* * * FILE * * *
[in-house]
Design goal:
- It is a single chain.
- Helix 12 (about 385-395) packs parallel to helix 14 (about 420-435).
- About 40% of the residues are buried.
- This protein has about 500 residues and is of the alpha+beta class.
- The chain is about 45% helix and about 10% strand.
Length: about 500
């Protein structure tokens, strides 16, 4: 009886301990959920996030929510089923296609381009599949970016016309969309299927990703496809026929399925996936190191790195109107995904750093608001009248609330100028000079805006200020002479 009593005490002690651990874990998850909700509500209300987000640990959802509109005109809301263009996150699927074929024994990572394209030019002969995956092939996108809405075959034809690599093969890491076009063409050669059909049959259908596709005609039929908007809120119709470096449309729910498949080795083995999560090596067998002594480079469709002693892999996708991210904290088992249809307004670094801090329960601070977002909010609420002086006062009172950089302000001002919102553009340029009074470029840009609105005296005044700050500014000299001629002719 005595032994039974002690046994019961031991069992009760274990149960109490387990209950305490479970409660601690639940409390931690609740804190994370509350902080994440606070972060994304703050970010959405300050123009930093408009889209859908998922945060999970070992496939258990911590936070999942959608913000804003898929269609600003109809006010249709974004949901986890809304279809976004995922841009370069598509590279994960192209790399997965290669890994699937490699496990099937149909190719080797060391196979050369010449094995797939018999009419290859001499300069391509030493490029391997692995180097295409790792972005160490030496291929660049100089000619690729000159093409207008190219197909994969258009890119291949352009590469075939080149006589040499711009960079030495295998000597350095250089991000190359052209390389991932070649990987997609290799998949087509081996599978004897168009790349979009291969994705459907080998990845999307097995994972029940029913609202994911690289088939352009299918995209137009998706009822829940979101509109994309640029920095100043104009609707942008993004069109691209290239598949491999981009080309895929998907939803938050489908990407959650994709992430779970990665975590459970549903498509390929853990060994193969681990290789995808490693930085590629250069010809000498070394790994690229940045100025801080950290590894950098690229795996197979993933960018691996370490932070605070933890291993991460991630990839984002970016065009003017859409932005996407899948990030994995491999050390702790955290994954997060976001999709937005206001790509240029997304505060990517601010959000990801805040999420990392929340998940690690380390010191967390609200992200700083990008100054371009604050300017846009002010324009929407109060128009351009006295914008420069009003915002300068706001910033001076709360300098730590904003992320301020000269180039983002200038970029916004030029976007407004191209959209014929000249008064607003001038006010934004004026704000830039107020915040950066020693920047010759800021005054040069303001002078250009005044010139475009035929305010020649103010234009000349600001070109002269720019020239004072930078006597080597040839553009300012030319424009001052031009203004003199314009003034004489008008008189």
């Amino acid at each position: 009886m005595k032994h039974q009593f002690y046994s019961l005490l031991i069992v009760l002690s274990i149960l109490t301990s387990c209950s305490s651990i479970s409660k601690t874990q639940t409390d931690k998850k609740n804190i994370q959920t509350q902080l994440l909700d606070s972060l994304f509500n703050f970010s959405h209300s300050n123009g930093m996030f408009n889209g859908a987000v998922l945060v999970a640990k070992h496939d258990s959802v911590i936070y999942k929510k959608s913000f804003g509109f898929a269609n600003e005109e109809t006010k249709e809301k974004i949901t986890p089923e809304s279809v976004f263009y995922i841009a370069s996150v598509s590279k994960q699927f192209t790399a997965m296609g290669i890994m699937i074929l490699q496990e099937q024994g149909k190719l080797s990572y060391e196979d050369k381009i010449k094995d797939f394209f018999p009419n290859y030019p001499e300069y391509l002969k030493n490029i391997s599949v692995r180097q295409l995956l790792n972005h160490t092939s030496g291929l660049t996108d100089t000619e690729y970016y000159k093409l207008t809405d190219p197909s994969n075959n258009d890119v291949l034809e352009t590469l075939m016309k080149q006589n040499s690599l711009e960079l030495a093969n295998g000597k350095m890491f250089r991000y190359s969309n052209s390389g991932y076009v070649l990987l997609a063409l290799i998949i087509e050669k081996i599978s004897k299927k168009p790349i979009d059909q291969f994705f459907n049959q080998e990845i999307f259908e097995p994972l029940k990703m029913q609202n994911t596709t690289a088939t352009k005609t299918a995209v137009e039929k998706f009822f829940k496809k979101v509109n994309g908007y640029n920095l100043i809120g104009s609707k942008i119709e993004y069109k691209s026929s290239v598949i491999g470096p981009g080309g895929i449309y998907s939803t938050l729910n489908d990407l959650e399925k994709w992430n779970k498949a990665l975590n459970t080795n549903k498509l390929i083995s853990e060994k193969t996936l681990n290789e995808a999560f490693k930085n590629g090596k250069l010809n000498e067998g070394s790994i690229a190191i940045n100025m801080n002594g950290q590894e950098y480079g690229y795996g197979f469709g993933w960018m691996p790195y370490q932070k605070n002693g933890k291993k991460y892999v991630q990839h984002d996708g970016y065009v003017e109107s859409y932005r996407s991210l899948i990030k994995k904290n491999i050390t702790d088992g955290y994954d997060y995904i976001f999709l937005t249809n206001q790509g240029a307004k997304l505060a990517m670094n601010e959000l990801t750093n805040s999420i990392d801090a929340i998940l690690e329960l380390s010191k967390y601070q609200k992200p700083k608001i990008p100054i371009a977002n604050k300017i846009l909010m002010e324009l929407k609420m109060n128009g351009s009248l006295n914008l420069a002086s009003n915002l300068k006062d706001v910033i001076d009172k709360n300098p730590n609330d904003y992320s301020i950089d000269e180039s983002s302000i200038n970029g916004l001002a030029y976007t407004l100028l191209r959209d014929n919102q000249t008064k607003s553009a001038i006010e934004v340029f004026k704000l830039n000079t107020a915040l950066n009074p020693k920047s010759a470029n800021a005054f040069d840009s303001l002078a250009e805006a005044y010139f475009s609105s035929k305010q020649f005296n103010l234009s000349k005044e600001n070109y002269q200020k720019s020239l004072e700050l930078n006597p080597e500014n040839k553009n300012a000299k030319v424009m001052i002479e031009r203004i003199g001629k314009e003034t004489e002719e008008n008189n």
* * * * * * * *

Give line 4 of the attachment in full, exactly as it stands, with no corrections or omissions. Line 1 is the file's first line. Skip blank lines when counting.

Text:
- Helix 12 (about 385-395) packs parallel to helix 14 (about 420-435).